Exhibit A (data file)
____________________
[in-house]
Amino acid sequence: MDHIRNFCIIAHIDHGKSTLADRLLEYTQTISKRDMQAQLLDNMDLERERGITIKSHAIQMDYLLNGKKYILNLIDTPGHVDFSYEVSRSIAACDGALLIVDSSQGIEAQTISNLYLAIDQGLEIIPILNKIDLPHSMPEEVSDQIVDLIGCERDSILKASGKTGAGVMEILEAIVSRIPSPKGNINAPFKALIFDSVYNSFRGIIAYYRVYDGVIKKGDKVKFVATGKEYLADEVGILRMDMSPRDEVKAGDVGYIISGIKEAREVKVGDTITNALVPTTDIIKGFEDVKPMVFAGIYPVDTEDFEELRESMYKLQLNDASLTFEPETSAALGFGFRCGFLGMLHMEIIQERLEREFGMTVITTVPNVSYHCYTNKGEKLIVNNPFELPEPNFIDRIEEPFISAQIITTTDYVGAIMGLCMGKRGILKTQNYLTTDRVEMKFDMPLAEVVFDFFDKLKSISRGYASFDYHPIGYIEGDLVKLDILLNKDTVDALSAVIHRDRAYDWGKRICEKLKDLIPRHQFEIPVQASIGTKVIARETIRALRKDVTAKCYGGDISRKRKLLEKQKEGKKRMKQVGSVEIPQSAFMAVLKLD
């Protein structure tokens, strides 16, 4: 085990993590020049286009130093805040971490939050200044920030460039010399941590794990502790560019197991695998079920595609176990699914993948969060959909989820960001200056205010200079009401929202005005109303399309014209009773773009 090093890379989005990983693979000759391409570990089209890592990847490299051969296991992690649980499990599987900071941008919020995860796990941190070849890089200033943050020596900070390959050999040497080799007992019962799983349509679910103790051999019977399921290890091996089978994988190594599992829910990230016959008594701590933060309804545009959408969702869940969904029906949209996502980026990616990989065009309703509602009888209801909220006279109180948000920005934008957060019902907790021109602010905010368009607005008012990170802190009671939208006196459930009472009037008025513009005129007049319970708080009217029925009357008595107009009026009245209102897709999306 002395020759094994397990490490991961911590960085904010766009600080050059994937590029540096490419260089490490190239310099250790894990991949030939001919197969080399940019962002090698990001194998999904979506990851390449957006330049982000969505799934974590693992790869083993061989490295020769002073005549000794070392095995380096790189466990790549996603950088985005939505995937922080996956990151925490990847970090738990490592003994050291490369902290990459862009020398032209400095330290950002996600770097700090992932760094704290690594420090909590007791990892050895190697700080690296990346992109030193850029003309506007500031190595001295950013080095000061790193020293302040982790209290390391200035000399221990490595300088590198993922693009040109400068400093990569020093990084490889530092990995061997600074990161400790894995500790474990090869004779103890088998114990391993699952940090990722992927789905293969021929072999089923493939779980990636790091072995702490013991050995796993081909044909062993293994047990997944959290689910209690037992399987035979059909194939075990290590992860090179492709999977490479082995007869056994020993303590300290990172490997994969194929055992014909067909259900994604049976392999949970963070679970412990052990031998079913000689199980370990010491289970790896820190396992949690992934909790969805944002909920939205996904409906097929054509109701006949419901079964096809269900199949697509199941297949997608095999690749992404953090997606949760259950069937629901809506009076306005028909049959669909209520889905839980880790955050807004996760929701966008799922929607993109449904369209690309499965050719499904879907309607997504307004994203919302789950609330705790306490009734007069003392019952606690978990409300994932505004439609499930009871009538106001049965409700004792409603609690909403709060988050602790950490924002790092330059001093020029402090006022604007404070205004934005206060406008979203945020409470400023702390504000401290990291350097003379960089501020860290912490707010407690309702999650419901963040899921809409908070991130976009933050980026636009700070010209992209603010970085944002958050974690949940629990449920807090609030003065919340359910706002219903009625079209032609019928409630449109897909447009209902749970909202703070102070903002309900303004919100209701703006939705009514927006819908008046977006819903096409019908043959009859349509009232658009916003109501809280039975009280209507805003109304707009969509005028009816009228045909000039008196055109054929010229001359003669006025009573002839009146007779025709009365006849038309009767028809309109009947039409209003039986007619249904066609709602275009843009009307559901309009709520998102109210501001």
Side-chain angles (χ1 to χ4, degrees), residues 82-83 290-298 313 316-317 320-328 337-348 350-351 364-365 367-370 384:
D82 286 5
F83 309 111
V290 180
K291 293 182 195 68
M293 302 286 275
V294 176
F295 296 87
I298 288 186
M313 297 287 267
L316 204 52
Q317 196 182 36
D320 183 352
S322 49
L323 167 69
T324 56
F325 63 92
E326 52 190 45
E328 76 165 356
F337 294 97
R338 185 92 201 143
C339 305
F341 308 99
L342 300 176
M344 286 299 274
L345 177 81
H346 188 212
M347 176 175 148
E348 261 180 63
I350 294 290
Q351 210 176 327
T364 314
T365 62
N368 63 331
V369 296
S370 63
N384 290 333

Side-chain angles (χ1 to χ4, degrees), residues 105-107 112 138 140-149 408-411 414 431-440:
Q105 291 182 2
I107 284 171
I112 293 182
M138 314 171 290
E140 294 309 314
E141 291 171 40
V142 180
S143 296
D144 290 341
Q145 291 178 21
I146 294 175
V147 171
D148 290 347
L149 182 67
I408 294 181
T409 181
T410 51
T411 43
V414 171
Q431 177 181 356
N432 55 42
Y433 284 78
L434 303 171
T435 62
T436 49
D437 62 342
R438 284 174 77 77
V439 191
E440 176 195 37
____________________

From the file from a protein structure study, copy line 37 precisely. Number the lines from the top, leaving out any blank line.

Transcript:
N368 63 331